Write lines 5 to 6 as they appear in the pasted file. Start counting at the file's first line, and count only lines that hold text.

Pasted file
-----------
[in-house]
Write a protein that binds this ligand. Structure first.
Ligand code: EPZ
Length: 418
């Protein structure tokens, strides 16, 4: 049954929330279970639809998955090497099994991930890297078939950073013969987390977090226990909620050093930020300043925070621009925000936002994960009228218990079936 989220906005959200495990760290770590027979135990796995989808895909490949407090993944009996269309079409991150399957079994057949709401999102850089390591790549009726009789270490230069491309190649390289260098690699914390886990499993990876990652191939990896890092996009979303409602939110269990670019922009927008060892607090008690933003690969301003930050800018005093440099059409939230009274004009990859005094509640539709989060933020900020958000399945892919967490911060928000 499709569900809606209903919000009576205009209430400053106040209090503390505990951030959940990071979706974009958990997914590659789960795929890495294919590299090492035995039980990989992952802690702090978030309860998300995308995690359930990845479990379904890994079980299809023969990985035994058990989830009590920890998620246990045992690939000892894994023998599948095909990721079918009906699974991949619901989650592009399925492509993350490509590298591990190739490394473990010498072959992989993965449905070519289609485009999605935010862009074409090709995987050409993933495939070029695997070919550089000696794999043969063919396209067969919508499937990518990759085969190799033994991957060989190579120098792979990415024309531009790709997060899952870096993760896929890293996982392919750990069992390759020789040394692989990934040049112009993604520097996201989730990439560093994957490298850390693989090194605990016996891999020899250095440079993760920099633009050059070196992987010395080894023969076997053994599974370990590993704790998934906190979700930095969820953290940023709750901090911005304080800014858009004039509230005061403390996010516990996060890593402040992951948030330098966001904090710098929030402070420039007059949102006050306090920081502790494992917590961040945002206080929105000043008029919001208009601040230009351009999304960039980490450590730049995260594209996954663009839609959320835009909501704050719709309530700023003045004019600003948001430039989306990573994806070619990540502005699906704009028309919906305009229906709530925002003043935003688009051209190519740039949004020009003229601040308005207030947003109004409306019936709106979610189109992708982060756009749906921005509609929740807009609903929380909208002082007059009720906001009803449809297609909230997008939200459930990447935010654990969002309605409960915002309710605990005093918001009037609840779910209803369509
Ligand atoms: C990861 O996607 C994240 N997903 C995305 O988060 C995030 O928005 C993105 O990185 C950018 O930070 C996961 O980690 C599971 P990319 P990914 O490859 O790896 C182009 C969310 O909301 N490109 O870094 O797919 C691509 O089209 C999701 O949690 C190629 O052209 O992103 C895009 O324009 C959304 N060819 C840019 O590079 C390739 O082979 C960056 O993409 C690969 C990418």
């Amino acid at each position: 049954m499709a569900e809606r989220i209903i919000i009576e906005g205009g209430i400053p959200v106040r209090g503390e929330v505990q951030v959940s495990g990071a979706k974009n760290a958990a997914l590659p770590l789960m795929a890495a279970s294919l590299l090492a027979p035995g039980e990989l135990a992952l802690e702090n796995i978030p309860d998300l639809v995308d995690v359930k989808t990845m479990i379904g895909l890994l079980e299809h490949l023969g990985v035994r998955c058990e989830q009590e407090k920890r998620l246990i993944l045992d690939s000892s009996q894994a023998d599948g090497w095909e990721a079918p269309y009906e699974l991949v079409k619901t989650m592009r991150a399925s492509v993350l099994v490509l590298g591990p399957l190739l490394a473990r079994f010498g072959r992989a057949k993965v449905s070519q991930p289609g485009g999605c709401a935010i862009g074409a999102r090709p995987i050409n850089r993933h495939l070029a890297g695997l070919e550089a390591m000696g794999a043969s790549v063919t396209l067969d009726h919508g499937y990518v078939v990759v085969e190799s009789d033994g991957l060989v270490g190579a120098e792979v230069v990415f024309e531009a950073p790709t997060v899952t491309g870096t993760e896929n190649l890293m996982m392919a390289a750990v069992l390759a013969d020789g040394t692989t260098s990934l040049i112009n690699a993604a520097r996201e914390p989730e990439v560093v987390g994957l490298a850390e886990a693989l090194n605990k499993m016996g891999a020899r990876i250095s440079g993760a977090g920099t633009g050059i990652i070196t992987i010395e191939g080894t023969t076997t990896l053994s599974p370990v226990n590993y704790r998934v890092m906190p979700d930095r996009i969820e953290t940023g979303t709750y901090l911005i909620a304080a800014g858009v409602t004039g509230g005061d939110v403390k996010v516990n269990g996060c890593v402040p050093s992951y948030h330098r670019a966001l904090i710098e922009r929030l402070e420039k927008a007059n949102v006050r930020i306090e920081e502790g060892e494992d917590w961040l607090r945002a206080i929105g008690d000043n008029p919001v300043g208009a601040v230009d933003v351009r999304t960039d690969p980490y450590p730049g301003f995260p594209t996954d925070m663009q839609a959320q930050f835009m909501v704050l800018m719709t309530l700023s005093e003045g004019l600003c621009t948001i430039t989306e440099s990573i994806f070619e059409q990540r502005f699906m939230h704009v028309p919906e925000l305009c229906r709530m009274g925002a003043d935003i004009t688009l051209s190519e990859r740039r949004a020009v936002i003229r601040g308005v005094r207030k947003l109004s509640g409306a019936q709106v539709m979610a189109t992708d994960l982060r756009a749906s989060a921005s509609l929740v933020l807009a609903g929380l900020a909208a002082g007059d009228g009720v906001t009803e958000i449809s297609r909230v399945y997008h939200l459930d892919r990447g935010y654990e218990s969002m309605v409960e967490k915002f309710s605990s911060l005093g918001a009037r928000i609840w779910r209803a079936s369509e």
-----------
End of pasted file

């Protein structure tokens, strides 16, 4: 049954929330279970639809998955090497099994991930890297078939950073013969987390977090226990909620050093930020300043925070621009925000936002994960009228218990079936 989220906005959200495990760290770590027979135990796995989808895909490949407090993944009996269309079409991150399957079994057949709401999102850089390591790549009726009789270490230069491309190649390289260098690699914390886990499993990876990652191939990896890092996009979303409602939110269990670019922009927008060892607090008690933003690969301003930050800018005093440099059409939230009274004009990859005094509640539709989060933020900020958000399945892919967490911060928000 499709569900809606209903919000009576205009209430400053106040209090503390505990951030959940990071979706974009958990997914590659789960795929890495294919590299090492035995039980990989992952802690702090978030309860998300995308995690359930990845479990379904890994079980299809023969990985035994058990989830009590920890998620246990045992690939000892894994023998599948095909990721079918009906699974991949619901989650592009399925492509993350490509590298591990190739490394473990010498072959992989993965449905070519289609485009999605935010862009074409090709995987050409993933495939070029695997070919550089000696794999043969063919396209067969919508499937990518990759085969190799033994991957060989190579120098792979990415024309531009790709997060899952870096993760896929890293996982392919750990069992390759020789040394692989990934040049112009993604520097996201989730990439560093994957490298850390693989090194605990016996891999020899250095440079993760920099633009050059070196992987010395080894023969076997053994599974370990590993704790998934906190979700930095969820953290940023709750901090911005304080800014858009004039509230005061403390996010516990996060890593402040992951948030330098966001904090710098929030402070420039007059949102006050306090920081502790494992917590961040945002206080929105000043008029919001208009601040230009351009999304960039980490450590730049995260594209996954663009839609959320835009909501704050719709309530700023003045004019600003948001430039989306990573994806070619990540502005699906704009028309919906305009229906709530925002003043935003688009051209190519740039949004020009003229601040308005207030947003109004409306019936709106979610189109992708982060756009749906921005509609929740807009609903929380909208002082007059009720906001009803449809297609909230997008939200459930990447935010654990969002309605409960915002309710605990005093918001009037609840779910209803369509
Ligand atoms: C990861 O996607 C994240 N997903 C995305 O988060 C995030 O928005 C993105 O990185 C950018 O930070 C996961 O980690 C599971 P990319 P990914 O490859 O790896 C182009 C969310 O909301 N490109 O870094 O797919 C691509 O089209 C999701 O949690 C190629 O052209 O992103 C895009 O324009 C959304 N060819 C840019 O590079 C390739 O082979 C960056 O993409 C690969 C990418």